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RESTAURANTS : AT LAST: A COZY HIDEAWAY : It's Quiet and Cute and on the Eighth Floor of a Beverly Hills Hotel: Now, That's Hidden

August 16, 1992|Charles Perry

Sometimes it seems as if everybody's looking for a little hideaway restaurant. Here's one that could scarcely get more hidden. It's on the eighth floor of a Beverly Hills hotel so discreet it doesn't even have a driveway.

The restaurant is named The Club at L'Ermitage Hotel, but it's not clubby in the usual masculine sense of plush booths, dark wood and well-iced cocktails. Only 2 years old, The Club is a tiny, dainty sort of room full of paintings and flowers. A window looks out on the hills behind Sunset Boulevard; an etched glass panel separates the dining room from the bar, where a pianist noodles away on show tunes. Unobtrusive waiters rigorously serve from the right and remove from the left.

What are they serving? Ambitious, high-ticket hotel-restaurant food, of course, and they are decent enough to include the appropriate extras, such as a little something--like a spring roll filled with smoked chicken in a curry sauce--before your appetizer. After dessert, the waiter brings out a tray of chocolate truffles, perhaps including a peanut-butter truffle cloaked in white chocolate.

Surprisingly, most of what comes out of chef Dennis Burrage's kitchen tends to be both healthful and gorgeous. Well, relatively healthful, anyway. Several dishes are starred as "lighter," though not actually marked with American Heart Assn. hearts, and most dishes are conceived with vegetables in mind. The salmon rolls are stuffed with mixed greens; the saffron consomme is so crowded with julienned vegetables you could stand a spoon up in it.

At the same time, the dishes tend to the spectacular. An appetizer called asparagus crown with whole grain mustard chervil sauce and eggplant caviar (The Club's menu is the sort that reads like a series of recipes) looks like a green stockade of asparagus spears imprisoning some pickled eggplant and sweet pepper, with a slightly fermented taste resembling caponata. Around the stockade lies a moat of pale green chervil sauce.

Those peppered, smoked salmon rolls are equally spectacular, looking like four purplish-pink burritos. The burrito impression is enhanced by the guacamole-colored sauce (actually pureed cucumber and almonds) and the dollop of sour cream (but with dill). The richly smoky fish makes it work.

This kitchen is fond of black tiger shrimp. An appetizer of barely grilled crustaceans features several huge, gorgeous shrimp, crunchy with freshness, accompanied by vegetables and a vinaigrette sauce flavored with lemon and orange juices. I've also had black tiger shrimp cakes, like crab cakes, which arrived on a bed of vinegary black beans, surrounded by caper remoulade.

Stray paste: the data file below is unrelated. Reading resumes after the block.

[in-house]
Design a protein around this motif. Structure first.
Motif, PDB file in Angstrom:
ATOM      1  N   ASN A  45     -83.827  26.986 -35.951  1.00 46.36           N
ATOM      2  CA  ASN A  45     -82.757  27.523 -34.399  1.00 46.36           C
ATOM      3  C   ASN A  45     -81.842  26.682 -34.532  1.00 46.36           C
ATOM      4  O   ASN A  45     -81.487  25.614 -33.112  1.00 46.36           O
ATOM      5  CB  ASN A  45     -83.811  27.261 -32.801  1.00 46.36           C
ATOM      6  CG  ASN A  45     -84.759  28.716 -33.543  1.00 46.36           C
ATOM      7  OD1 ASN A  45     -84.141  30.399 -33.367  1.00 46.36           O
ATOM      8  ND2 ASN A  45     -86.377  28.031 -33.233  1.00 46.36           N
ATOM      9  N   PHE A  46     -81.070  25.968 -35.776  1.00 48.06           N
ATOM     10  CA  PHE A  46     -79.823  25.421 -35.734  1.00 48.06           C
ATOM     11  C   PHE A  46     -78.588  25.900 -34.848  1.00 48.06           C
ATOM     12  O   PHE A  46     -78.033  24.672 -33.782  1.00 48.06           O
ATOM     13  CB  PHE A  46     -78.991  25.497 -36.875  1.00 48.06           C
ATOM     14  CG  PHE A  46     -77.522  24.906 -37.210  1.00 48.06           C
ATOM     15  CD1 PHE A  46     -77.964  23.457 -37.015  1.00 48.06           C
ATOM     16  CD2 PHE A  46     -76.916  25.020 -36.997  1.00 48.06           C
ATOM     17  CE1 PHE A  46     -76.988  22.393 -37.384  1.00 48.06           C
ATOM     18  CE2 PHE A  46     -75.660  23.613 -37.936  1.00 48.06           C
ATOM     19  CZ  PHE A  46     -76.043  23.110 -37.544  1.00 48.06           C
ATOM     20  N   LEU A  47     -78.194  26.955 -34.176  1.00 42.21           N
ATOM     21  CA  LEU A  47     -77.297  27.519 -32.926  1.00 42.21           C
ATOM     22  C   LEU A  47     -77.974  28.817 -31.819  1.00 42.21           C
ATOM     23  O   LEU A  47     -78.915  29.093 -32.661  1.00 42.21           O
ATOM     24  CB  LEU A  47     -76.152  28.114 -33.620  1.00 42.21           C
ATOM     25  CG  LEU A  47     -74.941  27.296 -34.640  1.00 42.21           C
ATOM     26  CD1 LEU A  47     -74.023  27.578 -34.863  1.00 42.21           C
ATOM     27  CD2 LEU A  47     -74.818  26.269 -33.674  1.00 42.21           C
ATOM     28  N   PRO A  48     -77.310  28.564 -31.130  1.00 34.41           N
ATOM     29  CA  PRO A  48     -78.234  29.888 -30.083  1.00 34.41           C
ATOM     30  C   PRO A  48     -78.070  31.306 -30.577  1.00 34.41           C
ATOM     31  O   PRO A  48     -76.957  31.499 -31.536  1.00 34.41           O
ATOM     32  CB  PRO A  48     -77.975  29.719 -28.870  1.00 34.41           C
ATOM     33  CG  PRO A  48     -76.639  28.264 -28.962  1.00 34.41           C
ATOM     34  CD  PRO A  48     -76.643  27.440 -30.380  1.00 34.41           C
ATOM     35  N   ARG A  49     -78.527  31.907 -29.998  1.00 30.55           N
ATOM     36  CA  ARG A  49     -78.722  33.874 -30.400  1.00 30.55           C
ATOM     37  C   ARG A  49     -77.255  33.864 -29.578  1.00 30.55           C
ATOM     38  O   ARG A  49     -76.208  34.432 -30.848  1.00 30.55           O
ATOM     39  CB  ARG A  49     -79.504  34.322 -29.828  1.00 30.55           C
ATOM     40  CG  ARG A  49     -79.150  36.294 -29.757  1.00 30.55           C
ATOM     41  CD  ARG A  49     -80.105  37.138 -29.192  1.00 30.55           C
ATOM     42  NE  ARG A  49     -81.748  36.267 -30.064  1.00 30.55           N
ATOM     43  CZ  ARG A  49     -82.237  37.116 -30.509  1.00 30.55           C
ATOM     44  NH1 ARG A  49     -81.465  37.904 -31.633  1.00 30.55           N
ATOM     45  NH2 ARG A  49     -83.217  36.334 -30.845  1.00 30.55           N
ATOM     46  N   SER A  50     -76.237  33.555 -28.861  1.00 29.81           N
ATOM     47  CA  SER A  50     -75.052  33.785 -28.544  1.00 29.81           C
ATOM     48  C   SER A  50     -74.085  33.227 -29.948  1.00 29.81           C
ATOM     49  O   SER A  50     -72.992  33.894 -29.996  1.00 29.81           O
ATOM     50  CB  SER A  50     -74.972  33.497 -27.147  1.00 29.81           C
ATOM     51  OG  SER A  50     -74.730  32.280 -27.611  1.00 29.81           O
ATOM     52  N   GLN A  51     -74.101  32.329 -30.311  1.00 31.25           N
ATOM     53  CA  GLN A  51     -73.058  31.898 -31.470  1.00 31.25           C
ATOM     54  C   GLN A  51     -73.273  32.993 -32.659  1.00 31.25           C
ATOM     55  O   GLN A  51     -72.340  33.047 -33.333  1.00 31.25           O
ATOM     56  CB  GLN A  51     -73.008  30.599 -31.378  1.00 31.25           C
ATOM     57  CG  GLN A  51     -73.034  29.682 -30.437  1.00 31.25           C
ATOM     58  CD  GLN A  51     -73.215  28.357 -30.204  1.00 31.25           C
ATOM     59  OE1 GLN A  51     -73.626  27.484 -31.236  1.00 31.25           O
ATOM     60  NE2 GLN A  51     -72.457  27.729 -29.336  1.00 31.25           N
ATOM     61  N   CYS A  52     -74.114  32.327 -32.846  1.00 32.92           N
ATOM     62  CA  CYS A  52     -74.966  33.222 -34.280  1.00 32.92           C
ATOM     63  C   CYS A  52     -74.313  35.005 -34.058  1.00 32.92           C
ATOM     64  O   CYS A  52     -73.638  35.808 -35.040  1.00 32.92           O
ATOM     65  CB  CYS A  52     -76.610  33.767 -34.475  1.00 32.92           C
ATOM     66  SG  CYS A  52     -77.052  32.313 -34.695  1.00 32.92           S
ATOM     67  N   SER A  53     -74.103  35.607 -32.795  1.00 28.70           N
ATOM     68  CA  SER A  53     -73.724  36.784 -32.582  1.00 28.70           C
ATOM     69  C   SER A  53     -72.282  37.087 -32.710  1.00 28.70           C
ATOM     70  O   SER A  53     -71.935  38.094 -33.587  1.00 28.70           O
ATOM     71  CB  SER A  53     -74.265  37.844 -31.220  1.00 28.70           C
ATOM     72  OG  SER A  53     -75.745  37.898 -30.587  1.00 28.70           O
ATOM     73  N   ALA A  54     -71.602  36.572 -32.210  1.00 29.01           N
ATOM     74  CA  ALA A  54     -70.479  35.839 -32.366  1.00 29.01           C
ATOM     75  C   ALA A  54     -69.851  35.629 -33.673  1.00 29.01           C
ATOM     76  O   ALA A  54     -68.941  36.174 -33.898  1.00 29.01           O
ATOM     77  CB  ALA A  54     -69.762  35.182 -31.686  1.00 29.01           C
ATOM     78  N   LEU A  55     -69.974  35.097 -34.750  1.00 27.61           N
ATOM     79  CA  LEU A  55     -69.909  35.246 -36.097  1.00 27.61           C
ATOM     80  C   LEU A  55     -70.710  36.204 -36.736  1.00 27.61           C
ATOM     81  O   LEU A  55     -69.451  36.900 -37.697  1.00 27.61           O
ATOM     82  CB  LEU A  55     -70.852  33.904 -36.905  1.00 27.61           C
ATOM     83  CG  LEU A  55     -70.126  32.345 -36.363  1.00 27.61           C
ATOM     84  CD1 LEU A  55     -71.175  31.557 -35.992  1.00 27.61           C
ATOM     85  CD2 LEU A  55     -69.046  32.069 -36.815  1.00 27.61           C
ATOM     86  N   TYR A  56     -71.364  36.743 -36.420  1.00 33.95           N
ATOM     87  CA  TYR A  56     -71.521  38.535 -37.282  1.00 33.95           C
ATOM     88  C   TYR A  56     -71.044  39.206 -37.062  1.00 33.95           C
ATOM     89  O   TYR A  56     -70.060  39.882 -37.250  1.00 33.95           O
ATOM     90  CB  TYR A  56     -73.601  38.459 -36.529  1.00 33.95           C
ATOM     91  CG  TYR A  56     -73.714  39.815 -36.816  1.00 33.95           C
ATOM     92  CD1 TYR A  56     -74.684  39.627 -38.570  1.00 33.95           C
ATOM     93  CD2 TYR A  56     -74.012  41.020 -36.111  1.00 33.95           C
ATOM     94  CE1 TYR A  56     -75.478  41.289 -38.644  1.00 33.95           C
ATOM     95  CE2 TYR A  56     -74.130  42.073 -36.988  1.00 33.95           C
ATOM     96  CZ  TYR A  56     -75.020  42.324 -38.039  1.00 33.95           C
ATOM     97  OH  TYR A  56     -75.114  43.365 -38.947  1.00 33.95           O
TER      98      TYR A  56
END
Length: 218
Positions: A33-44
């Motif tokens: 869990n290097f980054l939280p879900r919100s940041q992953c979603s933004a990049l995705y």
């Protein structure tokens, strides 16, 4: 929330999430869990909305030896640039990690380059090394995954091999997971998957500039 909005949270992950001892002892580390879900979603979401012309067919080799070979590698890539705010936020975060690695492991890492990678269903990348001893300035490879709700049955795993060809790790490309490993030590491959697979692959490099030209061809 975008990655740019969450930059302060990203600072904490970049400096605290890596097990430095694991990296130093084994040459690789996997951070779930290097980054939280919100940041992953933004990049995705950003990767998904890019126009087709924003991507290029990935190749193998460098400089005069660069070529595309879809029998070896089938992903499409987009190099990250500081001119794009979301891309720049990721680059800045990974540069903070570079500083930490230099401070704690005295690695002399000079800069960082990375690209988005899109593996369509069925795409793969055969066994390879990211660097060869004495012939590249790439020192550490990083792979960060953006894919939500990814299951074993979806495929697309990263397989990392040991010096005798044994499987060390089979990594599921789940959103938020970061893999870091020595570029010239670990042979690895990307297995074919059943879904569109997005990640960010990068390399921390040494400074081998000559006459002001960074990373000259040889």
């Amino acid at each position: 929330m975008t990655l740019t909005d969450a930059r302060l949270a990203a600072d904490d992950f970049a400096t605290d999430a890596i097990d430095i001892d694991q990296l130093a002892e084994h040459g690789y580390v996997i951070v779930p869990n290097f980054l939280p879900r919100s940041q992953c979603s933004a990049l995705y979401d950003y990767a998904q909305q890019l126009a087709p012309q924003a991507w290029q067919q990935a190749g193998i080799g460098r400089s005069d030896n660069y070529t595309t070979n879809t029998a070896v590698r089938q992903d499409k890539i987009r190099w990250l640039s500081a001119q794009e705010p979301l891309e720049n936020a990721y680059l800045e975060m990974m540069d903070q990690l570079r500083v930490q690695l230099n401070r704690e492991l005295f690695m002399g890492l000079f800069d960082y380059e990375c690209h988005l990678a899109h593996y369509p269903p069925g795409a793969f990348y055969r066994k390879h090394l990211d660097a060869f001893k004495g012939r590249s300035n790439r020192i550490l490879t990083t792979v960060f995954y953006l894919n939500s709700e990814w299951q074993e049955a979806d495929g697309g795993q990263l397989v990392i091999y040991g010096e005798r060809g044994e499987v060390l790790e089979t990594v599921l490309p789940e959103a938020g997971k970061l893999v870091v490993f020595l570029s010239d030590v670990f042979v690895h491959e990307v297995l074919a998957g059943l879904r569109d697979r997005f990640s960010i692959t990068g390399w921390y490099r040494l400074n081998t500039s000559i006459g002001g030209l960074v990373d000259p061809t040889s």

That was one of the weekly specials listed on the last page of the menu. On another week, the same basic idea reappeared with three cakes made of shrimp, crab and smoked salmon. Here, the crisp cakes, cloaked in caper butter, rested on a huge mound of fresh sauteed okra, a vegetable California unjustly neglects.

The best entree I had here was a prime New York steak, cut up in the nouvelle cuisine style and served in nothing but some beefy reduction, one of the most satisfying steaks I've had lately. It came covered with wild mushrooms and accompanied by crisp Maui onion rings and a complicated bundle of Napa cabbage wrapped with vegetables, tied up and steamed.

Seared, peppered ahi tuna ranked close behind the steak. The fish was beautifully cooked, rare in the center and with a crunchy pepper crust. The big drama on the plate was a striking tuft of deep-fried angel-hair pasta protruding from a mound of spinach like an old-fashioned shaving brush. The broiled veal chop also features dollar-sized potato pancakes and a tiny amount of faintly smoky tomato sauce. Lamb noisettes in garlicky meat juices, nice as they are, seem almost bereft, alone on the plate but for a hollowed-out Roma tomato with celery and rosemary sticking out of it.

Not everything is quite so splashy or so successful. The pastas, for instance, which you can order either as appetizers or entrees, are the least interesting part of the menu. Rigatoni with hot Louisiana sausage is OK, but no better than it sounds; saffron pasta ravioli with ricotta and pecorino cheeses is a little worse than it sounds--it takes a couple of spoons of grated Parmesan to perk it up.

The dessert selection is small and changing--the only constant seems to be the chocolate terrine, better described as a white-, milk- and dark-chocolate A-frame. Other selections might include fresh fruit tartlets (quite good) or perhaps a Linzer torte. Or maybe apple mini-turnovers or cheesecake.

All that food in such an intimate little room can make you forget you're in a hotel. Of course, The Club does serve the hotel's guests, and you can get breakfast (the usual selections plus some surprises, such as corned beef hash with sun-dried tomatoes) and lunch (much like dinner). But who needs a hideaway for breakfast or lunch?

The Club at L'Ermitage Hotel, 9291 Burton Way, Beverly Hills; (310) 278-3344. Breakfast, lunch and dinner served daily. Full bar. All major credit cards accepted. Validated parking. Dinner for two, food only, $61-$82.

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